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A MOTHER TEACHING HER CHILD TO PRAY.

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they attain certain statea ages, when partners in life | take a moderate estimate, and suppose that the young die, when old age comes on, for funeral expenses, and man could "put by "six-pence a-week, and the young support for necessitous relations—all come within the woman three-pence; or the one twenty-six, and limits of Benefit Societies ; and it is possible that the other thirteen shillings in the year. From allowances at marriage might be a very useful regu- eighteen to twenty-eight is ten years, which, withlation. That is of so much consideration, indeed, out any allowance of interest, is thirteen pounds that it deserves to be treated a little at length. to the man; and from fifteen to twenty-two is

In order to confine the objects of Benefit Societies seven years, which is four pounds eleven shillings to those contemplated by the Acts of Parliament to the woman ; put the two together, and there is that have from time to time been passed for their seventeen pounds eleven shillings to furnish the cutprotection, namely those that can be averaged so as tage, besides the interest, which would provide a to adjust the payments fairly to the benefits, the legis- wedding dress for each. The whole chattels of lature, by the 10 Geo. 4. c.56. § 4, has directed the an English cottager, in the districts round London, rules to be certified by a barrister ; and in the case (and these should not be worse than the average of of a society formed after the 19th of June, 1829, it the country) do not at present amount to three requires that the Justices at Sessions shall be satisfied pounds, and often not to one pound. The marriage with the correctness of the tables of contributions, provision would therefore be a most valuable use of and benefits. But it must not be supposed that the Benefit Societies; and if it were general, it would provisions of any statute are intended to limit the save many of the other uses, as well as prevent many usefulness of the societies; for the object and ten things that are objectionable. Still, as marriage is dency are quite the reverse. The statute is framed not one of those cases that come within the meaning for the benevolent purpose of preventing the members of the Act of Parliament, it is probable that some of such societies from wasting their contributions specific establishments for marriage portions would upon improper objects. Loss by fire, being out of be better than uniting them with the relief of the employment, aud being in prison for debt, are grounds necessitous. of relief in some of those societies which have been institued without reference to the statute. Now, as not one of these must happen to any one man, no cer- Kneel, my child, thy God is here ! tain average of them can be taken ; and, as they may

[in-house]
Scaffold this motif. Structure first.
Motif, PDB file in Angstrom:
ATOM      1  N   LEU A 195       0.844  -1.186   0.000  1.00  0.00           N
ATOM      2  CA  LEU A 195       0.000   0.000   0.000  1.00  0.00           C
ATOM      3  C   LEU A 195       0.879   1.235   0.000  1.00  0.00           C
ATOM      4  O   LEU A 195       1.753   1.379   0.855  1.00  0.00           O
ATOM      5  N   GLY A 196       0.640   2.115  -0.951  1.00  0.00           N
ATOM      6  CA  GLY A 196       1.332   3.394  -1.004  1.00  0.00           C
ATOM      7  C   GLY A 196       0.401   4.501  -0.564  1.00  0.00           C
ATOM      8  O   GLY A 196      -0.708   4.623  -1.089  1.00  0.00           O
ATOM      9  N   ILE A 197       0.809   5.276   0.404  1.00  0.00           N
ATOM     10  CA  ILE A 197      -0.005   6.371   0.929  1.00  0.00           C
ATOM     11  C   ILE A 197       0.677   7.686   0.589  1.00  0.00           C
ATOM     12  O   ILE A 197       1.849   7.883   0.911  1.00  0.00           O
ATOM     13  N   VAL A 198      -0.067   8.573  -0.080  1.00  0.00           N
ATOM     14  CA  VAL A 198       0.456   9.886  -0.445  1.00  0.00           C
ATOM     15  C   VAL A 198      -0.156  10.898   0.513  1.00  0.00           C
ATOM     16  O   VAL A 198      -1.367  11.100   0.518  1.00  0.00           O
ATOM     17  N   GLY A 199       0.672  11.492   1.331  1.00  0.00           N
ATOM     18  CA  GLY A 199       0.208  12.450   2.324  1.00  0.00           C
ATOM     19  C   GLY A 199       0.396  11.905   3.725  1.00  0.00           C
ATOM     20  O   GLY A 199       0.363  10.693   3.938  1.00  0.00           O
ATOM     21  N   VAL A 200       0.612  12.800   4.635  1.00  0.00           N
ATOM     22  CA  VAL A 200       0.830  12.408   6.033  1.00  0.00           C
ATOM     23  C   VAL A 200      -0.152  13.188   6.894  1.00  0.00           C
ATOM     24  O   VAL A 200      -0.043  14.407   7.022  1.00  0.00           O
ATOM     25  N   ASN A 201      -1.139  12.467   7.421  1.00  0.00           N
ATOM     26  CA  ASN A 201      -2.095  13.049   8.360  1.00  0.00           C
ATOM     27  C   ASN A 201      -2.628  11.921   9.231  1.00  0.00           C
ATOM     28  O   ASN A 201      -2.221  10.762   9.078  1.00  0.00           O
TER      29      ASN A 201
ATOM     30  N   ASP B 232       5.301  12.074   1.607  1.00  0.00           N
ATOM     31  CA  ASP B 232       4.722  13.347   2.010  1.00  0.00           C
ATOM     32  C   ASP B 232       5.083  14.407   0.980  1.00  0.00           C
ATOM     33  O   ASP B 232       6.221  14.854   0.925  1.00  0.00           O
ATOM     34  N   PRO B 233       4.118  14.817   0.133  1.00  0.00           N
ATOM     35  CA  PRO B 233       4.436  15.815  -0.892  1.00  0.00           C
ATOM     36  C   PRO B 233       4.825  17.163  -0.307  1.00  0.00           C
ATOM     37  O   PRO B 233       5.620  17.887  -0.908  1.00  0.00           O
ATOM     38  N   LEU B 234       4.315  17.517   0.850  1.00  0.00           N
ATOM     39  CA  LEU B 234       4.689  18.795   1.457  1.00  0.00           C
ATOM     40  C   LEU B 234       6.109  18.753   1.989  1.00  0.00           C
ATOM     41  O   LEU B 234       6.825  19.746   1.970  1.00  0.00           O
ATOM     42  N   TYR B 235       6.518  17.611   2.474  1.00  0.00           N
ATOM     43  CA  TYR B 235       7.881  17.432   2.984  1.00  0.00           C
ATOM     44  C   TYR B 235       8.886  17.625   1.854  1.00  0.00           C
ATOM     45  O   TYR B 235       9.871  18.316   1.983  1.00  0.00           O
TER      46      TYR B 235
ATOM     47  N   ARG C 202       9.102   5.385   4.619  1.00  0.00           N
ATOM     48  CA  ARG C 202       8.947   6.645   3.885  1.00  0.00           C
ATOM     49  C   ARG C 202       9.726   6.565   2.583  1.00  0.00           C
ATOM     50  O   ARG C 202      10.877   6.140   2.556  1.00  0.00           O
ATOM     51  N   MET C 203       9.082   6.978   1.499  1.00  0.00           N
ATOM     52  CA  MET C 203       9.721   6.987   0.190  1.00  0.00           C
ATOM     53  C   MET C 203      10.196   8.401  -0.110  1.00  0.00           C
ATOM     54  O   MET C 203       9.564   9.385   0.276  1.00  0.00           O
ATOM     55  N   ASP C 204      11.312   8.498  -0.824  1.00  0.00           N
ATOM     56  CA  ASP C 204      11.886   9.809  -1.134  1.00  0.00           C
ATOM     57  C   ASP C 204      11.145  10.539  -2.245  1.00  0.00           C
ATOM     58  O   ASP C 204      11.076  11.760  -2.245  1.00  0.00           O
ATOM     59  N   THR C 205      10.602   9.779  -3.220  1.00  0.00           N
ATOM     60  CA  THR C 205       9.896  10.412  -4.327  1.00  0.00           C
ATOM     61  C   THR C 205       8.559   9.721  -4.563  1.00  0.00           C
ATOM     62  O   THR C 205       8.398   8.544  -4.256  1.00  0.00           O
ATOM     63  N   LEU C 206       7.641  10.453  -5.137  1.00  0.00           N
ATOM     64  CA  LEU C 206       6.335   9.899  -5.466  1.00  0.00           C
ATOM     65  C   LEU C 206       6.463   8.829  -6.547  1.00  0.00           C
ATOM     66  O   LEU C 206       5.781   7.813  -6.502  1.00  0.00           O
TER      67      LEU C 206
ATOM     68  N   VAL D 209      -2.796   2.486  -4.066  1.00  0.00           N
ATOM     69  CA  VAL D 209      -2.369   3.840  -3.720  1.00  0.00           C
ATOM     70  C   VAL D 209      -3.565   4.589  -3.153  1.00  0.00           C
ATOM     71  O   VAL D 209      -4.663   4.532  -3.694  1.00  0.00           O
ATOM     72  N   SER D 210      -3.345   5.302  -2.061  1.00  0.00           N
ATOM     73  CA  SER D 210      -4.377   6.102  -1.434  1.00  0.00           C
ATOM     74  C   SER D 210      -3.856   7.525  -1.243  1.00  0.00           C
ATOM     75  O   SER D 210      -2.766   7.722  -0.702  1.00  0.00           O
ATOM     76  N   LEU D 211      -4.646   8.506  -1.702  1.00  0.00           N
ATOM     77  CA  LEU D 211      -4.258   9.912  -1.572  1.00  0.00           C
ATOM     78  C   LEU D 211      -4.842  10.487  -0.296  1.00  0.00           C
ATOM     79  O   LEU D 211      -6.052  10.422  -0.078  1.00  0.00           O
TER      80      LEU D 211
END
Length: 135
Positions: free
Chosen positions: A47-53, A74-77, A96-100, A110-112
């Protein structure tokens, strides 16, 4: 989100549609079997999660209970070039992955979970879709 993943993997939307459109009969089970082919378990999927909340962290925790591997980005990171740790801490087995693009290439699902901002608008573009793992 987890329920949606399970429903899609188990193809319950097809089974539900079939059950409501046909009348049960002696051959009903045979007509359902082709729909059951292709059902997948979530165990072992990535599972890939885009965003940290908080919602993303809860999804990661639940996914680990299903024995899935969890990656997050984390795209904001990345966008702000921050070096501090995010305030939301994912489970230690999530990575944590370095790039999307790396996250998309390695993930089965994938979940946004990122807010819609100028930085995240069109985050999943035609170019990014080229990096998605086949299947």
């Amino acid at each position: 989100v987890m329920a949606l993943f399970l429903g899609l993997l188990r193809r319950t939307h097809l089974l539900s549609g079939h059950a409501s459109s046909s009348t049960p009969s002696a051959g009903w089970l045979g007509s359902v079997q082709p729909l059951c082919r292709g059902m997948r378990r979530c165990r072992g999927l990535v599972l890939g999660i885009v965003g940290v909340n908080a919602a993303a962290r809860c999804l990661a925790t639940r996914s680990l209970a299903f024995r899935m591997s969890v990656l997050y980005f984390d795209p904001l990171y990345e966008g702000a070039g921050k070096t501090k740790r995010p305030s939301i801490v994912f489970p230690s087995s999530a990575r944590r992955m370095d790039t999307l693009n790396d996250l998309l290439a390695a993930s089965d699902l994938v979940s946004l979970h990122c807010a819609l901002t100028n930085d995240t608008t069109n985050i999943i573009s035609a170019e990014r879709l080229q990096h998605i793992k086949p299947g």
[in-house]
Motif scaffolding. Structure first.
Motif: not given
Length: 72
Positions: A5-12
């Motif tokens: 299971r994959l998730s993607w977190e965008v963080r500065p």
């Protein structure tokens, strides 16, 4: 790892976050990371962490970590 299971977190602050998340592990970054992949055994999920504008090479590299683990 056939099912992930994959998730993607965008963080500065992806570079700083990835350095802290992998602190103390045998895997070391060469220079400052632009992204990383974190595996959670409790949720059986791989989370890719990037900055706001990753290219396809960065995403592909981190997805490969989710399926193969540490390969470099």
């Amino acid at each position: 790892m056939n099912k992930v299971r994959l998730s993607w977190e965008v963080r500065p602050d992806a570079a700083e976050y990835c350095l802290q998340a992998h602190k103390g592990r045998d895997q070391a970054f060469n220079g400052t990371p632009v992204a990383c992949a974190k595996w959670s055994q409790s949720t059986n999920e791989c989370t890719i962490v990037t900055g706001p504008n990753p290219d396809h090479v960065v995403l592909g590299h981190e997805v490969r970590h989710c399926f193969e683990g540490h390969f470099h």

Kneel in love and filial fear; happen through negligent or improper conduct, as

Love Him,—for His Grace He shows thee,

Fear Him,- for He made and knows thee. well as through unforeseen accidents, relief in cases

Thou art His, through Christ His Son, of them, provided in a formal manner, has very much

Saved by grace, by mercy won • the appearance of a bounty on inattention and idle

Lost to everlasting joy;
The real cases are proper subjects for charity. But my Saviour sought and found thee,
That a Benefit Society has “worked well" in one

And His blessings now surround thee:

Praise Him for His constant care, place, is an argument in favour of its plan ; but it is not a complete argument : for, on a subject of so

Pray to Him,-He heedeth pray'r much intricacy, there may be important elements left One of the deaf and dumb lads in the Institution at Paris out; and times, places, and occupations, vary very being desired to express his idea of the cternity of the Deity, much, both in respect of the contingencies of life, and replied:“ It is duration without beginning or end; existof the periods of life at which they happen. Those ence without bounds or dimensions; present without past or who have capacity and inclination for such enquiries, future; his eternity is youth without infancy or old age; lile and time to pursue them, cannot bestow more valuable without birth or death; to-day without yesterday or to

morrow.” aid upon their more occupied brethren, than by furnishing them with such information as that in We make laws, but we follow customs.-LADY M. W. Monquestion. If the informed part of society would, TAGUE. upon occasion, lend judiciously a little of their knowledge to the unlearned, they would do much more

I will to-morrow, that I will, real good than by giving their money.

I will be sure to do it;

To-morrow comes, to-morrow goes, Our next paper will contain some notice of the

And still thou art to do it. leading principles of Probability, so far as they are

Thus still repentance is deferred, necessary for the establishing of Benefit Societies, and

From one day to another: capable of explanation without language not in com

Until the day of death is come, mon use; and in order that the list may be the more

And judgment is the other.